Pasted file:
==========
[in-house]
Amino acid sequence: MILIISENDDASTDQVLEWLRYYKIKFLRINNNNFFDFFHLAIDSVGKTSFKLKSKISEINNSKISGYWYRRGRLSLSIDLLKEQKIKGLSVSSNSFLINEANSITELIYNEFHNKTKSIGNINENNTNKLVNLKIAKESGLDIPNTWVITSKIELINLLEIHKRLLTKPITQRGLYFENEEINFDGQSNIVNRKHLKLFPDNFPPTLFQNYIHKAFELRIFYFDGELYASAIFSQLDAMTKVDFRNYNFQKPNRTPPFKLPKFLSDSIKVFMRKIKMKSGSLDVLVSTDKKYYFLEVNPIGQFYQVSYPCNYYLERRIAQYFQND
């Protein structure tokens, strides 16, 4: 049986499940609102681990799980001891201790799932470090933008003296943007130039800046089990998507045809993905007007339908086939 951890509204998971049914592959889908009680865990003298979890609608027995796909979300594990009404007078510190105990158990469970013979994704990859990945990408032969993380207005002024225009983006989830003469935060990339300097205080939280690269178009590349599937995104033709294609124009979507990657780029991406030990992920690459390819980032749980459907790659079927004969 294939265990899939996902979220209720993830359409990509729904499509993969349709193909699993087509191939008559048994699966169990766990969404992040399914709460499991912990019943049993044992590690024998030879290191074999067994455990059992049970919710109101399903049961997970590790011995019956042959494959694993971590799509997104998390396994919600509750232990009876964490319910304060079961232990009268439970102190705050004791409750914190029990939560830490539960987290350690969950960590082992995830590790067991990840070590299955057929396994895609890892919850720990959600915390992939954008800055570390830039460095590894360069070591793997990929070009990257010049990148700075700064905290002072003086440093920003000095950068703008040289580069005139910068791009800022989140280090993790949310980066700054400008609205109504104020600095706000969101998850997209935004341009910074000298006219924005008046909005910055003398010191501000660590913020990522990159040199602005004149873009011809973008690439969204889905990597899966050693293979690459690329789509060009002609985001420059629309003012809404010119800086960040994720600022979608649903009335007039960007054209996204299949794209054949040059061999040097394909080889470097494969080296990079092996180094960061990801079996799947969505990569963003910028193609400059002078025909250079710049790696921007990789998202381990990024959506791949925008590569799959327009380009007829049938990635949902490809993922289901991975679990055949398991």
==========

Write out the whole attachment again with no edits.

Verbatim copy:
[in-house]
Amino acid sequence: MILIISENDDASTDQVLEWLRYYKIKFLRINNNNFFDFFHLAIDSVGKTSFKLKSKISEINNSKISGYWYRRGRLSLSIDLLKEQKIKGLSVSSNSFLINEANSITELIYNEFHNKTKSIGNINENNTNKLVNLKIAKESGLDIPNTWVITSKIELINLLEIHKRLLTKPITQRGLYFENEEINFDGQSNIVNRKHLKLFPDNFPPTLFQNYIHKAFELRIFYFDGELYASAIFSQLDAMTKVDFRNYNFQKPNRTPPFKLPKFLSDSIKVFMRKIKMKSGSLDVLVSTDKKYYFLEVNPIGQFYQVSYPCNYYLERRIAQYFQND
């Protein structure tokens, strides 16, 4: 049986499940609102681990799980001891201790799932470090933008003296943007130039800046089990998507045809993905007007339908086939 951890509204998971049914592959889908009680865990003298979890609608027995796909979300594990009404007078510190105990158990469970013979994704990859990945990408032969993380207005002024225009983006989830003469935060990339300097205080939280690269178009590349599937995104033709294609124009979507990657780029991406030990992920690459390819980032749980459907790659079927004969 294939265990899939996902979220209720993830359409990509729904499509993969349709193909699993087509191939008559048994699966169990766990969404992040399914709460499991912990019943049993044992590690024998030879290191074999067994455990059992049970919710109101399903049961997970590790011995019956042959494959694993971590799509997104998390396994919600509750232990009876964490319910304060079961232990009268439970102190705050004791409750914190029990939560830490539960987290350690969950960590082992995830590790067991990840070590299955057929396994895609890892919850720990959600915390992939954008800055570390830039460095590894360069070591793997990929070009990257010049990148700075700064905290002072003086440093920003000095950068703008040289580069005139910068791009800022989140280090993790949310980066700054400008609205109504104020600095706000969101998850997209935004341009910074000298006219924005008046909005910055003398010191501000660590913020990522990159040199602005004149873009011809973008690439969204889905990597899966050693293979690459690329789509060009002609985001420059629309003012809404010119800086960040994720600022979608649903009335007039960007054209996204299949794209054949040059061999040097394909080889470097494969080296990079092996180094960061990801079996799947969505990569963003910028193609400059002078025909250079710049790696921007990789998202381990990024959506791949925008590569799959327009380009007829049938990635949902490809993922289901991975679990055949398991």